A "package" approach is needed
Ilbawi says the solution to this diagnostic delay problem fits in with what's needed to overcome the third major driver of high breast cancer death rates in lower income nations: They generally lack access to the full panoply of medications and technologies needed to treat the disease.
On some level the answer to both challenges largely boils down to money: International donors, and lower income country governments alike need to devote more resources to fighting cancer.
But Ilbawi says it's also crucial that any increased spending be spent strategically – as part of a combination of interventions that all fit together. Otherwise, he says, countries risk spending limited resources on, say, a drug that would be useful against breast cancer but not the tests that are needed to determine if a woman has the type of cancer the drug is effective against.
"In order to work," says Ilbawi, "things have to come in packages."
Just as important, he adds, is giving women in lower income countries the information and power they need to shape the policies of their own governments.
"Governments will be constrained to do everything that the community may ask for," he says. "But having [women] express their priorities is much more powerful than having an international agency – the WHO or other partners – go to governments and say, 'You must do this.' If the agenda is community-owned and community-driven there's much greater mobilization and also much greater investments – for instance from the private sector beyond just what the government itself can contribute."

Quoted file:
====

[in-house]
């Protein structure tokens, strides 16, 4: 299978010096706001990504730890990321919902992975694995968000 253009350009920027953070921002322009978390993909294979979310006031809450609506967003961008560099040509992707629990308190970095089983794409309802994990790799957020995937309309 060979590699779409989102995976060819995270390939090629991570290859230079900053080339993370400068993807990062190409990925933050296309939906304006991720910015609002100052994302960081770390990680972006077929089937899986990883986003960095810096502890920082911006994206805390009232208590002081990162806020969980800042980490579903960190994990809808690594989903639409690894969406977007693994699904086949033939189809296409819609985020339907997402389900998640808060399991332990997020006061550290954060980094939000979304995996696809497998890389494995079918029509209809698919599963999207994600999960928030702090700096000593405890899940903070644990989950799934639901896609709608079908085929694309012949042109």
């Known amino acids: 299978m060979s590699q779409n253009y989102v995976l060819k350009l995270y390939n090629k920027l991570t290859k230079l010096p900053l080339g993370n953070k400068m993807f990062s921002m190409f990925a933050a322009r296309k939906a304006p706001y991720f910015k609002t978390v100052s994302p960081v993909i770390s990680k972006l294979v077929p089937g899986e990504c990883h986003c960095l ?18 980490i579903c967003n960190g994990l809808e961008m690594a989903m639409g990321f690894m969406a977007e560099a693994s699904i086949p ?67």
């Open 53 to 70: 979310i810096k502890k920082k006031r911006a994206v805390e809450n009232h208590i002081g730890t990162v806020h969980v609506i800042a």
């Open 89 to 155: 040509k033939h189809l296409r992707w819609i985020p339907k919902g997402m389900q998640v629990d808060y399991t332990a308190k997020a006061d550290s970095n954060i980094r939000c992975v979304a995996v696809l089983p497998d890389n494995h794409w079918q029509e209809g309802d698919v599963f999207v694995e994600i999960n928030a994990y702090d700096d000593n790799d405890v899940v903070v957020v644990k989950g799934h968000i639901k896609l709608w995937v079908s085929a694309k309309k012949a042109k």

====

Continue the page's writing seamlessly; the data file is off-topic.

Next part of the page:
Plenty of countries are making progress
As grim as the global picture on breast cancer currently looks, Ilbawi says there are plenty of examples of lower income countries that are making strides in the right direction.
About two decades ago, he says, Mexico led the way by "introducing an insurance scheme to start focusing on cancer and covering the most vulnerable women's out-of-pocket costs."
Over the past two years, Kenya has adopted a new cancer strategy "and they're partnering with international agencies to get radiotherapy machines." Also, says Ilbawi, Uzbekistan "took out a significant loan to focus on women's cancers – breast and cervical cancer." And Indonesia's president has committed to eliminating cervical cancer.
When he recalls former patients like that young woman in Kenya, says Ilbawi, he can still feel a sense of impotence, as if "your scream is an echo chamber where screams no longer matter."
But the examples of progress give him hope.
"We are starting to see quite a bit more change in the cancer community and in cancer financing broadly," he says. "I'm much more optimistic than years ago."